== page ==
KOPS - The Institutional Repository of the University of Konstanz

Optimizing emotion regulation : Zooming in on the antecedents and effects of anxiety components

Optimizing emotion regulation : Zooming in on the antecedents and effects of anxiety components

Cite This

Files in this item

Files Size Format View

There are no files associated with this item.

ROOS, Anna-Lena, Thomas GOETZ, Maike KRANNICH, Katarzyna GOGOL, Amanda JARRELL, 2018. Optimizing emotion regulation : Zooming in on the antecedents and effects of anxiety components. AERA 2018 Annual Meeting. New York, NY, Apr 13, 2018 - Apr 17, 2018. In: Paper presented at AERA 2018 Annual Meeting

@inproceedings{Roos2018Optim-42901, title={Optimizing emotion regulation : Zooming in on the antecedents and effects of anxiety components}, year={2018}, booktitle={Paper presented at AERA 2018 Annual Meeting}, author={Roos, Anna-Lena and Goetz, Thomas and Krannich, Maike and Gogol, Katarzyna and Jarrell, Amanda} }

Roos, Anna-Lena Roos, Anna-Lena Krannich, Maike Anxiety is widespread and detrimental in the academic context. Therefore, it is important to develop effective strategies to regulate this emotion. Previous research on anxiety regulation has, with the exception of differentiating worry and emotionality, largely neglected the potentially different antecedents and effects of different components of anxiety (i.e., affective, motivational, cognitive, and physiological components) although some findings have indicated that there might be differences (e.g., Liebert & Morris, 1967; Pekrun et al., 2011; Zeidner, 2014). This study aims to address this gap by investigating the antecedents and effects of each component of anxiety and therefore identify which components should primarily be addressed when regulating anxiety. Regarding the antecedents, we focused on subjective control - a central cognitive appraisal (e.g., Pekrun, 2006; Scherer, 2001). Concerning the effects, we concentrated on student’s performance on math exams (Hembree, 1990). We hypothesized that anxiety will mediate the relationship between control and performance and that the anxiety components will vary in the strength of their mediating effects.<br />The sample consisted of N = 129 8th graders (Mage = 13.81, SD = .59, 42% female) from the top track of the German school system. Data was collected during regular mathematics classes using questionnaires. Control was assessed with a 4-item scale from the Mathematics Attitudes Questionnaire (MAQ adapted for exams; Lipnevich et al., 2011). The anxiety components were assessed using a 12-item scale (i.e., 3 items for each component) from the Achievement Emotions Questionnaire (AEQ; Pekrun et al., 2011). Student’s scores from their most recent math exam served as the performance measure.<br />Mediation analyses revealed a significant positive direct effect of control on performance (b = .547, SE = .134, p < .001). The cognitive and physiological anxiety components significantly mediated this relationship. Specifically, control had negative effects on the cognitive component which in turn had negative effects on performance (i.e. positive indirect effect; b = .296, SE = .105, p < .001). Control also had negative effects on the physiological component which had positive effects on performance (i.e. negative indirect effect; b = -.139, SE = .087, p < .01).<br />As expected, the results of the study suggest that the anxiety components indeed differ with regard to their antecedents and effects – and even the direction of the effects. The cognitive component appears to be central in this context as for this component we found the strongest mediating effect on performance, which is consistent with information processing models of anxiety (e.g., Schwarzer & Jerusalem, 1992). The direction of the mediating effect of the physiological component suggests that physiological arousal might positively impact performance, which is consistent with the limited findings on anxiety and performance in athletes (e.g., Burton, 1988). These findings suggest that for anxiety regulation, it is important to distinguish between the components of anxiety and apply strategies that can especially target the cognitive component of anxiety (e.g., cognitive reappraisal strategies that increase student’s perceptions of control and therefore decrease the cognitive component of anxiety). Goetz, Thomas 2018-07-24T08:17:43Z Gogol, Katarzyna Jarrell, Amanda Jarrell, Amanda Goetz, Thomas Krannich, Maike eng 2018-07-24T08:17:43Z 2018 Optimizing emotion regulation : Zooming in on the antecedents and effects of anxiety components Gogol, Katarzyna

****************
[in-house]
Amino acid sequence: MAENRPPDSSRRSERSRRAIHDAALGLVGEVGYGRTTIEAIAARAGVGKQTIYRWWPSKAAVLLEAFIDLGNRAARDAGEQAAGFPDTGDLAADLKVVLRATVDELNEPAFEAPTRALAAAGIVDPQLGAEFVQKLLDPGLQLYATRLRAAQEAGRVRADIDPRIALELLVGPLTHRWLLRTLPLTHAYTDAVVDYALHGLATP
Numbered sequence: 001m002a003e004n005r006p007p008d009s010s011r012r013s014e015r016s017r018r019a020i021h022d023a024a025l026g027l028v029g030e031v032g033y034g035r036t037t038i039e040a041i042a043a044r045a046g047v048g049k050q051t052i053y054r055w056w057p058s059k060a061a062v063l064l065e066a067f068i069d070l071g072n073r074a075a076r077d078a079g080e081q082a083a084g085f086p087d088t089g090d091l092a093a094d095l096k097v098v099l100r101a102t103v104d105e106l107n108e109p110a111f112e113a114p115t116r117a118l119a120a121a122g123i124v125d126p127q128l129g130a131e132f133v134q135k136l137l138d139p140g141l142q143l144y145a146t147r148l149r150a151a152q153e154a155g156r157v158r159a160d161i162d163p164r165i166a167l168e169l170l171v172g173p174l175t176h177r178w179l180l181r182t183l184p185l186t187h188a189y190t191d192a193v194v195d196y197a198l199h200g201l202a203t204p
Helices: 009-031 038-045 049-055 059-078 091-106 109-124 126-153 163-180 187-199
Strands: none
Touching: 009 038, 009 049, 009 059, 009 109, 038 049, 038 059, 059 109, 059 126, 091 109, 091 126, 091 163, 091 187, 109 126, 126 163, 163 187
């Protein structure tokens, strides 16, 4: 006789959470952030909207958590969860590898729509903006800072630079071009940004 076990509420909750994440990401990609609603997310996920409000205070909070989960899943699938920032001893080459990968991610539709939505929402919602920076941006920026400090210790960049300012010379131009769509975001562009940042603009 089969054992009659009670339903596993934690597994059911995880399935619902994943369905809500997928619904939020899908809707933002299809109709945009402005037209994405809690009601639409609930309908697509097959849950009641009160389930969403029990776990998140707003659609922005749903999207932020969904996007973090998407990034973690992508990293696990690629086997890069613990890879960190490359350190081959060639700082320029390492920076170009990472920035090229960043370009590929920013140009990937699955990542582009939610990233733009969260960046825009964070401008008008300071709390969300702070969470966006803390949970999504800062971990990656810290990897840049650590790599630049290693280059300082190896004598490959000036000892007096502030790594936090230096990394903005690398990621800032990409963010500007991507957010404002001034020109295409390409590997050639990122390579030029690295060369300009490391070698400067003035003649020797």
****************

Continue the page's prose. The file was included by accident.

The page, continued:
This item appears in the following Collection(s)

Search KOPS


Browse

My Account